I’m sure you know the feeling. You’re sitting in a classroom watching a presentation – which started late to allow the “stragglers” to show up – when about 10 minutes in it dawns on you…
What am I doing here?
Either you’re already familiar with what’s being presented, or it’s so straight-forward it didn’t require 30 or 60 minutes of your time. But whether it be due to politeness, shyness, peer pressure, or a sense of obligation, you remained bolted to your seat until the bitter end.
It’s such a waste of time – both for you and for the presenter.
Despite my obvious predilection for e-learning, I am actually a fan of the traditional classroom.
I appreciate that sometimes it is more efficient for someone who knows more than you to teach you something. As a novice, you don’t know what you don’t know. But the expert does, and he or she can get you up to speed.
Also, away from your desk you’re free from those universal distractions such the phone, email and uninvited guests. Furthermore, you have the opportunity to ask questions and receive immediate feedback from the human standing right before you.
However the traditional classroom has plenty of downsides too. For example, you typically can’t influence the content that is being delivered, you’re beholden to the pace of the presenter, and there’s always that *@#! idiot who hasn’t bothered with the pre-work yet is happy to prolong the misery for everyone else by asking inane, redundant questions.
A modernised version of the traditional classroom is the virtual classroom.
Delivering the content over the internet allows people to attend wherever they are geographically located, without incurring travel costs and losing time in transit. A virtual class also allows people to attend to other tasks if need be, and to slip away on the sly if it becomes clear the session isn’t adding any value.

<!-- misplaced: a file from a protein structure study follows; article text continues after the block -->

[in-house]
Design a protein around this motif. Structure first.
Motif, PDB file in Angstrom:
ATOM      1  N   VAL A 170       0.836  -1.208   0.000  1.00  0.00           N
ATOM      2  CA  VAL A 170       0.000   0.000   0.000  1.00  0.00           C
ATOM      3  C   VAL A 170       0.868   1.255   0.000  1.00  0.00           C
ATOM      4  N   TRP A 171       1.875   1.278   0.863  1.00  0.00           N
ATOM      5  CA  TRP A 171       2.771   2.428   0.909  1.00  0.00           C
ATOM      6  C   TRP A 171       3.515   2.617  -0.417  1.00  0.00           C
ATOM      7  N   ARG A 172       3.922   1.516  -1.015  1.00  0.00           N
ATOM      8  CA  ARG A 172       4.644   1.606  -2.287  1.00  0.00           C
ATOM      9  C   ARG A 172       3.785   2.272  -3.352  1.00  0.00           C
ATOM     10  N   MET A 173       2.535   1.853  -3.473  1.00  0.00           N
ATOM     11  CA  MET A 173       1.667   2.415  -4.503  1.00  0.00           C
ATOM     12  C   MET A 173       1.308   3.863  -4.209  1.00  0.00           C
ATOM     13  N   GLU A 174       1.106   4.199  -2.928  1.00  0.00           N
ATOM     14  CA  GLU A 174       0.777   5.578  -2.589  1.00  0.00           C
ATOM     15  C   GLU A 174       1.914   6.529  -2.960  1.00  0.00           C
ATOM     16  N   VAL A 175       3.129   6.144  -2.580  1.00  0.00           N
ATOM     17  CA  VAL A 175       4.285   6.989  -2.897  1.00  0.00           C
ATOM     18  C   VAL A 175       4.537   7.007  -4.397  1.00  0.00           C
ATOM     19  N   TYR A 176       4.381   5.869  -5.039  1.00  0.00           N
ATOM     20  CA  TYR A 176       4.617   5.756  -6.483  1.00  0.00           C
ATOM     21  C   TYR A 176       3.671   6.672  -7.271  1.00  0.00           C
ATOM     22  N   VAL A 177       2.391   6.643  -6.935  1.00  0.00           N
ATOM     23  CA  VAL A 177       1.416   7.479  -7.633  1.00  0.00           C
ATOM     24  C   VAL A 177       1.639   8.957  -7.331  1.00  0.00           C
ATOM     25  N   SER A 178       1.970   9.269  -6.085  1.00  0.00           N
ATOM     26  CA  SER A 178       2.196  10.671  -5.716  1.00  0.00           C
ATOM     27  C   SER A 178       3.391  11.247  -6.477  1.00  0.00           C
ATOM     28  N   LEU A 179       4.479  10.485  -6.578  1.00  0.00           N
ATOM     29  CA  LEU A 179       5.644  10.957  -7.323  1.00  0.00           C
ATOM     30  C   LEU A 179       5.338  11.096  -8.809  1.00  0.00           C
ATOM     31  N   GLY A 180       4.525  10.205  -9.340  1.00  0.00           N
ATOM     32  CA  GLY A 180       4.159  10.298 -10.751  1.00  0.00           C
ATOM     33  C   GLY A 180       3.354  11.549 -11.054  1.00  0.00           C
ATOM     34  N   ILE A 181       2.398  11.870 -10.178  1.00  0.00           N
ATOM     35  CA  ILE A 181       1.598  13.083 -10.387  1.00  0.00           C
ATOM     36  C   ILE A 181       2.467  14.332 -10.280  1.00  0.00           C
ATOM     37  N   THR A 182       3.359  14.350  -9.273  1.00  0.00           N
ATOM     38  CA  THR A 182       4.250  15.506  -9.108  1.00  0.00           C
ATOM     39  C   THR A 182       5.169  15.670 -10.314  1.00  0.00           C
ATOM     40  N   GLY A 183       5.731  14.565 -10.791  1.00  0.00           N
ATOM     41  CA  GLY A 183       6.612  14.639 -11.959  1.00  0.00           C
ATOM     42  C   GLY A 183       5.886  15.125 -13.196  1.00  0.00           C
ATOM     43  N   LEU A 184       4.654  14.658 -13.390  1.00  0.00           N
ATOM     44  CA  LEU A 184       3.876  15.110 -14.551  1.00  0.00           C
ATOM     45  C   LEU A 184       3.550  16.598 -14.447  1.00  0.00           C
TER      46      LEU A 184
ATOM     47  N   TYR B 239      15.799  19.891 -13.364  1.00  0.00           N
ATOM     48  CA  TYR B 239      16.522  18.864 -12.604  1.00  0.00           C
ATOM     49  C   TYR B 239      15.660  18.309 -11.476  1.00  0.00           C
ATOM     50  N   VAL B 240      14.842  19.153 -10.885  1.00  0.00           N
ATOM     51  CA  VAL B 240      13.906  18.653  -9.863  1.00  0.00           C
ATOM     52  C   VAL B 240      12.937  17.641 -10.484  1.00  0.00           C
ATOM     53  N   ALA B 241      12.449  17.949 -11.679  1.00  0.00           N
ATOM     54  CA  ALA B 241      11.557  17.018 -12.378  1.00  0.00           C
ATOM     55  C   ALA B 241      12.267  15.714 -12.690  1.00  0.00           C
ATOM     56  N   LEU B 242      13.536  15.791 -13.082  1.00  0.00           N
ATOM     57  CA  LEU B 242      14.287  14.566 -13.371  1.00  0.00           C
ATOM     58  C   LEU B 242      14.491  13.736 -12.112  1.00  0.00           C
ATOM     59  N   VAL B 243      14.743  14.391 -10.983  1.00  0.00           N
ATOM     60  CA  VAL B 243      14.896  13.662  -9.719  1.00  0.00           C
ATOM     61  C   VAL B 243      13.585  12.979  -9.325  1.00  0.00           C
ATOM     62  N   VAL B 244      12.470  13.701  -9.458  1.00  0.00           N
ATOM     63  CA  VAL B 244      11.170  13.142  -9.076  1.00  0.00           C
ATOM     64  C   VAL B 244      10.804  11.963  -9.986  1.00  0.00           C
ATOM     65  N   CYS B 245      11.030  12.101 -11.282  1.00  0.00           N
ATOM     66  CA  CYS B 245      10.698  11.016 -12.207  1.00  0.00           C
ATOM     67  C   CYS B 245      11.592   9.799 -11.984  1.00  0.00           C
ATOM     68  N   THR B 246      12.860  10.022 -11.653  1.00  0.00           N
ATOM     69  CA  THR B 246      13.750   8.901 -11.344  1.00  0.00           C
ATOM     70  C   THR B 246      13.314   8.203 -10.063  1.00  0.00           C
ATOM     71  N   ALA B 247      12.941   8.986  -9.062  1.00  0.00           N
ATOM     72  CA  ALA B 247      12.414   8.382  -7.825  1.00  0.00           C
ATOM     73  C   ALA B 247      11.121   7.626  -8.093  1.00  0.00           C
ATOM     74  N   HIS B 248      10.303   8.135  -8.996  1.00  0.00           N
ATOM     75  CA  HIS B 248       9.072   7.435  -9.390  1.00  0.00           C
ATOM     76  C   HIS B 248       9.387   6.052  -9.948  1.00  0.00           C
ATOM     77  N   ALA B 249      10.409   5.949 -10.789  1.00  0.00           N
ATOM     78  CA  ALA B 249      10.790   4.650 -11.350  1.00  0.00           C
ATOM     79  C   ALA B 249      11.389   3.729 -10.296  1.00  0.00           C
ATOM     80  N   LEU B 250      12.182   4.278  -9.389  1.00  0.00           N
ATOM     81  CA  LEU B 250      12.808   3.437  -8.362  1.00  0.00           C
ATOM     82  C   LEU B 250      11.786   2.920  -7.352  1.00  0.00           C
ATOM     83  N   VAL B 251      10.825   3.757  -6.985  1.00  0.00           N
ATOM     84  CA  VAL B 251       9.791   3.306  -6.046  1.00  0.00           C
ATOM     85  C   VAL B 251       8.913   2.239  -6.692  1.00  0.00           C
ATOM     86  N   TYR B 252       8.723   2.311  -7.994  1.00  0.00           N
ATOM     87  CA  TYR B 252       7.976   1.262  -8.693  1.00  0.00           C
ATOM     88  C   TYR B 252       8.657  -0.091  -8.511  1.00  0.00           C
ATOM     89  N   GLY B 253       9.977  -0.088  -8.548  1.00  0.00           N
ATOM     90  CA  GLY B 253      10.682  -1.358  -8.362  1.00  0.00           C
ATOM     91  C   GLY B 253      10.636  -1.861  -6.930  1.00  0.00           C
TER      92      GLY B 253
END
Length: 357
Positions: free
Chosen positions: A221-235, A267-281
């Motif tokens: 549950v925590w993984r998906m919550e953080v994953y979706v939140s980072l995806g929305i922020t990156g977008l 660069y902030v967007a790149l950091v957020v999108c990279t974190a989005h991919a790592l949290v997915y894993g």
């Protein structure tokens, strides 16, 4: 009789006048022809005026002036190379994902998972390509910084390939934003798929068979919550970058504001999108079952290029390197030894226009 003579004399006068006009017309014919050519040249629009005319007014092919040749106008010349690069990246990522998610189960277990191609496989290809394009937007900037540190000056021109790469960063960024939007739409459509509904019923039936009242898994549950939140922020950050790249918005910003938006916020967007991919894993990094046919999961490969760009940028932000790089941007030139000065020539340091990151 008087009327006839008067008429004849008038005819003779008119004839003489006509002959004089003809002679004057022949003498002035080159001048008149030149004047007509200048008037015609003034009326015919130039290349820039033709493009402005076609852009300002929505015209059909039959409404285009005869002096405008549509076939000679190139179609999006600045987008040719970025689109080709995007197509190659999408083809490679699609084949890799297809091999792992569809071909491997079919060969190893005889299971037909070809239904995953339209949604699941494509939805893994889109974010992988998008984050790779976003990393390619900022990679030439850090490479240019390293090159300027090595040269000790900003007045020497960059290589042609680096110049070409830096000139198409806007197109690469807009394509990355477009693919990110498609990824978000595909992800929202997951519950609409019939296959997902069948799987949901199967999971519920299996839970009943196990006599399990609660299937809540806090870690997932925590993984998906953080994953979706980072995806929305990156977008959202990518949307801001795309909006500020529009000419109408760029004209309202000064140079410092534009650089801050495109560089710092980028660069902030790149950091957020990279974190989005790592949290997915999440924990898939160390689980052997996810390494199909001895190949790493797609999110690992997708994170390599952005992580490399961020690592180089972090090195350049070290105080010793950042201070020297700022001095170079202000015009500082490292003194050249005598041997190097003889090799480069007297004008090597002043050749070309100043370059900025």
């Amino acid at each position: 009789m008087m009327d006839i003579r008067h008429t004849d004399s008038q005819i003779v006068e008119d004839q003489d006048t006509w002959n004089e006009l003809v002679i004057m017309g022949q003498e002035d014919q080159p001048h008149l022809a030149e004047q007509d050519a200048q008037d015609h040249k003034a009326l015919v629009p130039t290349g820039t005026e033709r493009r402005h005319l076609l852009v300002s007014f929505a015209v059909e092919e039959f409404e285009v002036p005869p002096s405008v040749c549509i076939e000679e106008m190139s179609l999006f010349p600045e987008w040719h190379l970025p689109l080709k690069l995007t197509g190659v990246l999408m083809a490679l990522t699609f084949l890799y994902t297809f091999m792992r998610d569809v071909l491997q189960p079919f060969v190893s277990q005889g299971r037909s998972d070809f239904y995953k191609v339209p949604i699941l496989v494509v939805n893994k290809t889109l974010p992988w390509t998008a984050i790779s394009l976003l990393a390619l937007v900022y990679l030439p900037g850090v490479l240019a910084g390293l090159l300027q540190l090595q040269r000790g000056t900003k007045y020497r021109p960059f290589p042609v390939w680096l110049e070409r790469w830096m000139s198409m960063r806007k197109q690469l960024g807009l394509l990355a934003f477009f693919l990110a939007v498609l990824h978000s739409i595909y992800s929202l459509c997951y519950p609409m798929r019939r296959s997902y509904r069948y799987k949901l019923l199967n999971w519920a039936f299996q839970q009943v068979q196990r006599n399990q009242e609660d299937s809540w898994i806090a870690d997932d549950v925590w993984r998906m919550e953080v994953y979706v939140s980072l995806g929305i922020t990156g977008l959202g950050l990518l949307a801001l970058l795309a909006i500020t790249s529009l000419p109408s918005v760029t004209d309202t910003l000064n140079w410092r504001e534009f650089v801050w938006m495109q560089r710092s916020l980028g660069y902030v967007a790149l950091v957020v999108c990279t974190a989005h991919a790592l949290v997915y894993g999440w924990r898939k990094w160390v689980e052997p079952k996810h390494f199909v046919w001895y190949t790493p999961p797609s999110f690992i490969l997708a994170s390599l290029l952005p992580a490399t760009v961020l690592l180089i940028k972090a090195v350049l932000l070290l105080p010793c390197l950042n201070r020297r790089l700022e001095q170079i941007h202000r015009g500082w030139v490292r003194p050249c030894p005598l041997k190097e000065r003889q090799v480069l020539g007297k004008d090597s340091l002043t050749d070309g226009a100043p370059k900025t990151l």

Of course, the virtual classroom also has its fair share of downsides too. From technical glitches to the challenges of e-moderation, it is common knowledge that virtual presenters fantasise about the good ol’ days when everyone was in the same room at the same time.
A postmodern twist on the classroom delivery model is the flipped classroom.
Taking root in the school and university environments where regular classroom sessions are mandated and homework is the norm, the “flipped” concept posits the content delivery as the homework (typically in the form of a video clip) which frees up the in-person session for value-added instruction such as discussion, Q&A, worked examples, role plays etc.
I truly believe the flipped classroom is on the cusp of revolutionising the education sector.
Notwithstanding the advantages of the three aforementioned classroom options, there is yet another option that is often ignored by educators: no classroom.
Readers of this blog will be familiar with my obsession passion for informal learning environments, but in this instance I’m not referring to the constructivist approach. Still true to the instructivist paradigm, I maintain the “no classroom” option can work.
It’s so simple: record your class on video. Then deploy it to your audience, so they are empowered to watch it when convenient, pause, fast-forward, rewind, and even play it again later.
The model is similar to a flipped classroom, but there is no in-person follow-up. And you know what? Frequently that’s all that’s needed. When the content is so straight-forward that it doesn’t require a classroom session, why on earth would you waste everyone’s time with one?
In cases where the content is more complex and follow-up is necessary, why not combine the video with formative exercises? An online discussion forum? A buddy program? Again, you probably don’t need to drag everyone into a classroom.
My point is, under the right circumstances, video can provide effective instruction.